The Global Economy: Opportunities for and Threats to Prosperity Introduction Recently we have seen a spate of controversial and thought-provoking books dealing with both the short run and the long run performance of the economy, as well as the role government should play in managing our prosperity. For the purpose of this lecture, I bought and read two of the most important of these books. They were both written by individuals at the very top of the economics profession. There is a good chance that you have heard of these books (they have made the news) and some of you may have read them, perhaps in your own language. I want to spend about 40 minutes today discussing these books, since they are directly aimed at the topic of our week-long discussions -- namely short run global economic development. These books do not all agree on the solutions to our economic problems and how we might proceed with policy. They present approaches, and argue what we should do, based on facts that the authors have conveniently marshaled for their cause. Without a doubt, they are full of value-laden judgments. They are clearly not the last word on the subject. But, the dilemma posed by these works gives us an important foundation on which to think and reason. Economics is not a science. It is instead a branch of logic, or as John Maynard Keynes said, it is an “apparatus of the mind”, a tool that allows its possessor the ability to come to useful conclusions on vexing problems that defy a single easy answer. We should not ask which of these books states the truth, but rather which tends to strengthen our conviction or confidence in its usefulness and reasonableness. We must find the value in each and apply it to our lives appropriately. This is all we can hope for in a world under constant change and where truth is often as fleeting as our last hot meal. But, that should be enough. The two books I want to discuss deal with short run fluctuations of the economy. The first is entitled “End This Depression Now” by Paul Krugman of Princeton University and published January 28, 2013. The second book has the title “First Principles: Five Keys to Restoring America’s Prosperity” and was written by John B. Taylor of Stanford University and published May 28, 2013. These two men have looked at virtually the same data and the
same economic circumstances, but have come to very different conclusions about what the government should do. They differ substantially on the subject of making policy and even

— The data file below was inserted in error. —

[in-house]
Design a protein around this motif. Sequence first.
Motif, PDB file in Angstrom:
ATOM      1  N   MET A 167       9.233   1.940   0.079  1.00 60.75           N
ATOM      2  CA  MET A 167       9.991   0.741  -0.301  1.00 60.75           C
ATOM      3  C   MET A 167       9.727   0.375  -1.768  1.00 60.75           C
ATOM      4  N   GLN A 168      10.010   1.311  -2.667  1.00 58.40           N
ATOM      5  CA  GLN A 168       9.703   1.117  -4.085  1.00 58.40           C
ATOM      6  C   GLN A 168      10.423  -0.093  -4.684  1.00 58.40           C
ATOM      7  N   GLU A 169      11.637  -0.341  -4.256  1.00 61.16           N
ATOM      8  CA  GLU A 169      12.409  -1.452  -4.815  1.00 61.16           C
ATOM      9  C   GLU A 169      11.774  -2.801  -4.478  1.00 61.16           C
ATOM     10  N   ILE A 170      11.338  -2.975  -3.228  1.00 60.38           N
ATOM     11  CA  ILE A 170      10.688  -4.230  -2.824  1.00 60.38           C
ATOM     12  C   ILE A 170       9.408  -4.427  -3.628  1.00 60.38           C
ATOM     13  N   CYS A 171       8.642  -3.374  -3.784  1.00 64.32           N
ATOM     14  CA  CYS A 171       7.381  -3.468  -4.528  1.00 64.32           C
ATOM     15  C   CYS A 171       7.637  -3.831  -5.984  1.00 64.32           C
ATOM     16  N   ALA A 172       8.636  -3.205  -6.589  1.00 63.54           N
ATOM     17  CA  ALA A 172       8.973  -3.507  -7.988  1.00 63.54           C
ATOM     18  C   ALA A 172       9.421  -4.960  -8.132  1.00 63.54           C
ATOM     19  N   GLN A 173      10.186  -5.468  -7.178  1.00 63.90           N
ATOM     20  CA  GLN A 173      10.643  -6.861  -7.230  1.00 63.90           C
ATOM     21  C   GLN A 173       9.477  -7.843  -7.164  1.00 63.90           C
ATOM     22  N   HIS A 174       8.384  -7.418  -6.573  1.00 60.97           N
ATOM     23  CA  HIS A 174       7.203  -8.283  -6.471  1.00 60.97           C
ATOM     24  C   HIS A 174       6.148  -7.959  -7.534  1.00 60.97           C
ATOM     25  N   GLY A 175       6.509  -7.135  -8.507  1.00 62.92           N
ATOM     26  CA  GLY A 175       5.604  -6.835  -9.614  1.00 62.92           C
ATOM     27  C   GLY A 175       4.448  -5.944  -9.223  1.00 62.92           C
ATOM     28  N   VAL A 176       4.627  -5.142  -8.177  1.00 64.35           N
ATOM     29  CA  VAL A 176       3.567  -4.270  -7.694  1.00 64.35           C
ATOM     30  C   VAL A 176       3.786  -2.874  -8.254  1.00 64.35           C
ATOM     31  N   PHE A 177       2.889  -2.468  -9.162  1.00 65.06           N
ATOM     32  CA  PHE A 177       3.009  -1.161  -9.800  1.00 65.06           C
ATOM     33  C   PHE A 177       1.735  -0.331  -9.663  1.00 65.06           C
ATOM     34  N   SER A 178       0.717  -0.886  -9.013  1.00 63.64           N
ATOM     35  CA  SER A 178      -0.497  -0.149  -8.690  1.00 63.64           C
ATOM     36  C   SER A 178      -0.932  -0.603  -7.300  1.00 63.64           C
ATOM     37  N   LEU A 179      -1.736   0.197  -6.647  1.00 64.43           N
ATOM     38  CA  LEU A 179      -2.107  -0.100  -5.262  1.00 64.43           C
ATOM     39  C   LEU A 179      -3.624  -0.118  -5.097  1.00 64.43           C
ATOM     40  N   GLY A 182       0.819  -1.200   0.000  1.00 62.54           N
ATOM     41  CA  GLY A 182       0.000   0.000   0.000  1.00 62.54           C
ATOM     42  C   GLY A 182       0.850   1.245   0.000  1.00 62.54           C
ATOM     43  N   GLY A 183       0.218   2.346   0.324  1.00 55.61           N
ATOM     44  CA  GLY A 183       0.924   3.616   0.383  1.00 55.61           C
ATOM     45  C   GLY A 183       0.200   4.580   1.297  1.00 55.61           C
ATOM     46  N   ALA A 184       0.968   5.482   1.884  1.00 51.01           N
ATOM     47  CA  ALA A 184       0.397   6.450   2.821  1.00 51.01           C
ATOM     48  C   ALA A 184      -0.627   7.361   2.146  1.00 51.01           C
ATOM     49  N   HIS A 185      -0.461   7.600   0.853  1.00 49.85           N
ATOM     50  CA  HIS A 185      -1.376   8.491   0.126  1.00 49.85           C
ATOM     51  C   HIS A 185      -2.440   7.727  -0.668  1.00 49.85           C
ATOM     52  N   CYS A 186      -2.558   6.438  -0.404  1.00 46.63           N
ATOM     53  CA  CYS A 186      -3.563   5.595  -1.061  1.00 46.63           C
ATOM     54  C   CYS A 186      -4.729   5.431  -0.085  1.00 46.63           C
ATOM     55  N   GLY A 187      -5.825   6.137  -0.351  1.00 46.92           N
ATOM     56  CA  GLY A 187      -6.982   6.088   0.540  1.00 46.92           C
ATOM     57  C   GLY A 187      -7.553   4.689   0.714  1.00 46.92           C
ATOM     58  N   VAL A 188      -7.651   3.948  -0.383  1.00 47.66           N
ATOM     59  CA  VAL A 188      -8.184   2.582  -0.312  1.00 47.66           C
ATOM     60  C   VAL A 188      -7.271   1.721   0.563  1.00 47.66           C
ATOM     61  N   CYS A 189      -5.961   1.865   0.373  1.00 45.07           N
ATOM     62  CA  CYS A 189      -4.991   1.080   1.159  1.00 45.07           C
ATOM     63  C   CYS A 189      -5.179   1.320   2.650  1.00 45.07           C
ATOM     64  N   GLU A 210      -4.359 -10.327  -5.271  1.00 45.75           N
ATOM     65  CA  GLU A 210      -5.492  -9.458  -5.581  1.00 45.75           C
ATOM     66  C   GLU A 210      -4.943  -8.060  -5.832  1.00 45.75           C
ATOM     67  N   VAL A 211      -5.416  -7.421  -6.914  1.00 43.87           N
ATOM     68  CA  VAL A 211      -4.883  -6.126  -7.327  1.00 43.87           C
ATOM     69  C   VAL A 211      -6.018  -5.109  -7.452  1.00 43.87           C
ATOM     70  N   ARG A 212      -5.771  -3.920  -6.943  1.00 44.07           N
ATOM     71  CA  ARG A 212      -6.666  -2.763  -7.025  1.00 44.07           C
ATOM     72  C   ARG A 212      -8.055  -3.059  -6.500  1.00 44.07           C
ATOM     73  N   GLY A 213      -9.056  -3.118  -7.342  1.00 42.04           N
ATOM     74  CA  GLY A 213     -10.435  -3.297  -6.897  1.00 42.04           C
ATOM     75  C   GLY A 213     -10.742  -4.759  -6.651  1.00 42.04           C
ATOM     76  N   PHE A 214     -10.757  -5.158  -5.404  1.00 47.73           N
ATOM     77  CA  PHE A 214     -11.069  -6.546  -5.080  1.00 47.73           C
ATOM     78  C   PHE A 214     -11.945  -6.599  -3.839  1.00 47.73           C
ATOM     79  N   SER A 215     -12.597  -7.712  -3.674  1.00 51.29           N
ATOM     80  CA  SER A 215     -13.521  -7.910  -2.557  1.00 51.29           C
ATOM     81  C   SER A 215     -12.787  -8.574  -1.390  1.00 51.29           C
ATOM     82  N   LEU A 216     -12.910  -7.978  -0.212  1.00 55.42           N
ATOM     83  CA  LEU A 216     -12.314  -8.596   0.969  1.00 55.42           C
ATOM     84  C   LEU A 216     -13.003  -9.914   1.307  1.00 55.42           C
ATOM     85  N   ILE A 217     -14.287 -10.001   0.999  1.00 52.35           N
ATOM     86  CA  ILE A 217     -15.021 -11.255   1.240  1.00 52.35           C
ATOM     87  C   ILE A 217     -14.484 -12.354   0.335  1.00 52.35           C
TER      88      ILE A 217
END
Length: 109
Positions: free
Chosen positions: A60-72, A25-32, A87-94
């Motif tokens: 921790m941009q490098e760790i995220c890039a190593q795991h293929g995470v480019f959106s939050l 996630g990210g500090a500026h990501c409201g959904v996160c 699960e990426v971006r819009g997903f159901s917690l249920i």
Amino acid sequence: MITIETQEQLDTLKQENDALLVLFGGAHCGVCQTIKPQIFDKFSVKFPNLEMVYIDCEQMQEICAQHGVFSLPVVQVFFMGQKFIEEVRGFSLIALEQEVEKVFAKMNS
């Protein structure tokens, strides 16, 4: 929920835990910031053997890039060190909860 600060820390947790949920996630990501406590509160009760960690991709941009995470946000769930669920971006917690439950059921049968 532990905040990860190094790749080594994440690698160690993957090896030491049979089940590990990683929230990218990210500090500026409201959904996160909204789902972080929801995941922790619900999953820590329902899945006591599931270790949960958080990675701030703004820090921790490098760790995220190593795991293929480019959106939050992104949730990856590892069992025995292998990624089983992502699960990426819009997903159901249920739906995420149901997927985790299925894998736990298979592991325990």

the very way in which we make policy. Their arguments are very relevant to you in your everyday work back home in your own country. Professor Krugman believes that we have enough knowledge and resources to improve our economic conditions through large scale discretionary fiscal and monetary policies, if we would only exercise the political will to undertake these policies. By sharp contrast, Professor Taylor believes that we should have limited government initiatives, which are always guided by rules rather than discretion. The argument between these two famous economists is an argument about (i) what should be the scope of government intervention in the private affairs of citizens and institutions and (ii) whether this intervention should be free to vary according to policymaker’s discretion or whether the policymaker should be forced to transparently state rules by which they make policy. The problem Krugman sees is not that we are in the dark about what to do, but that special interests and political grid-lock are preventing us from enacting policies that would immediately and easily allow the economy to recover. We are too timid and are allowing obstructionists in the Republican Party to stand in the way of progress and fairness. Conservative economists are scaring the public into believing that loose monetary policy will only generate inflation and a debasement of the currency. These same conservative economists reject the efficacy of...
Please join StudyMode to read the full document